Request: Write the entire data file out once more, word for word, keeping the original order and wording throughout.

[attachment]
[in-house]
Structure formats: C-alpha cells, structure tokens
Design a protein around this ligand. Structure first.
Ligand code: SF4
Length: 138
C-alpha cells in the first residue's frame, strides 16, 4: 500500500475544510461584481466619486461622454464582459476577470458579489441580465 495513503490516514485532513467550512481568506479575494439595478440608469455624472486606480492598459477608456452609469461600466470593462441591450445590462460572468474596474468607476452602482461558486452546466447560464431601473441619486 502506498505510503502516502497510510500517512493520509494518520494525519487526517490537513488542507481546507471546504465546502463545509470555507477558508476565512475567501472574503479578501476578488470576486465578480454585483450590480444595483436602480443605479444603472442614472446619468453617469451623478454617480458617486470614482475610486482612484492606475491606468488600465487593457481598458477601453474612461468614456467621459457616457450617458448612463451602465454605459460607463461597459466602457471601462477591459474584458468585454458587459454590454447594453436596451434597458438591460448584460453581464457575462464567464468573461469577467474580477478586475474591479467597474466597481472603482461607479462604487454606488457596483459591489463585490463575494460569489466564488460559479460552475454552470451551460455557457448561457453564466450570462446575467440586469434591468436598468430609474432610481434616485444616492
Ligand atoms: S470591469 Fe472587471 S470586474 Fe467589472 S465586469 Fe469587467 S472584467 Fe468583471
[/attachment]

[in-house]
Structure formats: C-alpha cells, structure tokens
Design a protein around this ligand. Structure first.
Ligand code: SF4
Length: 138
C-alpha cells in the first residue's frame, strides 16, 4: 500500500475544510461584481466619486461622454464582459476577470458579489441580465 495513503490516514485532513467550512481568506479575494439595478440608469455624472486606480492598459477608456452609469461600466470593462441591450445590462460572468474596474468607476452602482461558486452546466447560464431601473441619486 502506498505510503502516502497510510500517512493520509494518520494525519487526517490537513488542507481546507471546504465546502463545509470555507477558508476565512475567501472574503479578501476578488470576486465578480454585483450590480444595483436602480443605479444603472442614472446619468453617469451623478454617480458617486470614482475610486482612484492606475491606468488600465487593457481598458477601453474612461468614456467621459457616457450617458448612463451602465454605459460607463461597459466602457471601462477591459474584458468585454458587459454590454447594453436596451434597458438591460448584460453581464457575462464567464468573461469577467474580477478586475474591479467597474466597481472603482461607479462604487454606488457596483459591489463585490463575494460569489466564488460559479460552475454552470451551460455557457448561457453564466450570462446575467440586469434591468436598468430609474432610481434616485444616492
Ligand atoms: S470591469 Fe472587471 S470586474 Fe467589472 S465586469 Fe469587467 S472584467 Fe468583471